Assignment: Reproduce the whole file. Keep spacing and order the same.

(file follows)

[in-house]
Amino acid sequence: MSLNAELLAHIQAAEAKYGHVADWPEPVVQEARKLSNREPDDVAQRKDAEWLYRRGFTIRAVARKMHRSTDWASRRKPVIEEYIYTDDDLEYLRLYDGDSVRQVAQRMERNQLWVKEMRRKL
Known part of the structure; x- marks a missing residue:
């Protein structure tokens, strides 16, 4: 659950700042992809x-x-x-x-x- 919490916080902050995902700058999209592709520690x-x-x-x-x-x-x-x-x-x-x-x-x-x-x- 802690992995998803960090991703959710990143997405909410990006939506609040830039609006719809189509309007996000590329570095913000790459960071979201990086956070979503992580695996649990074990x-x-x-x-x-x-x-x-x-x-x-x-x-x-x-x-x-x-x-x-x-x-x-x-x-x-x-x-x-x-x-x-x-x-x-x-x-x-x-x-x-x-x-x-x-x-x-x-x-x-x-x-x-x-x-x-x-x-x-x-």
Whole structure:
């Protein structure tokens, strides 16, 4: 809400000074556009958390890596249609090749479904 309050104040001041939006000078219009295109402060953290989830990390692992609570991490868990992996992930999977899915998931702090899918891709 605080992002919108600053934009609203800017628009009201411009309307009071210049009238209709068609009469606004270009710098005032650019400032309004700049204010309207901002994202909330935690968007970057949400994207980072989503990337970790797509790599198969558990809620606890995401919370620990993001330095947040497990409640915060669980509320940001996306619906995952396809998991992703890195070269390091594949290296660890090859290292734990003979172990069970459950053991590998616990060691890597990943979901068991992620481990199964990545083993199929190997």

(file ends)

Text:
[in-house]
Amino acid sequence: MSLNAELLAHIQAAEAKYGHVADWPEPVVQEARKLSNREPDDVAQRKDAEWLYRRGFTIRAVARKMHRSTDWASRRKPVIEEYIYTDDDLEYLRLYDGDSVRQVAQRMERNQLWVKEMRRKL
Known part of the structure; x- marks a missing residue:
């Protein structure tokens, strides 16, 4: 659950700042992809x-x-x-x-x- 919490916080902050995902700058999209592709520690x-x-x-x-x-x-x-x-x-x-x-x-x-x-x- 802690992995998803960090991703959710990143997405909410990006939506609040830039609006719809189509309007996000590329570095913000790459960071979201990086956070979503992580695996649990074990x-x-x-x-x-x-x-x-x-x-x-x-x-x-x-x-x-x-x-x-x-x-x-x-x-x-x-x-x-x-x-x-x-x-x-x-x-x-x-x-x-x-x-x-x-x-x-x-x-x-x-x-x-x-x-x-x-x-x-x-």
Whole structure:
């Protein structure tokens, strides 16, 4: 809400000074556009958390890596249609090749479904 309050104040001041939006000078219009295109402060953290989830990390692992609570991490868990992996992930999977899915998931702090899918891709 605080992002919108600053934009609203800017628009009201411009309307009071210049009238209709068609009469606004270009710098005032650019400032309004700049204010309207901002994202909330935690968007970057949400994207980072989503990337970790797509790599198969558990809620606890995401919370620990993001330095947040497990409640915060669980509320940001996306619906995952396809998991992703890195070269390091594949290296660890090859290292734990003979172990069970459950053991590998616990060691890597990943979901068991992620481990199964990545083993199929190997």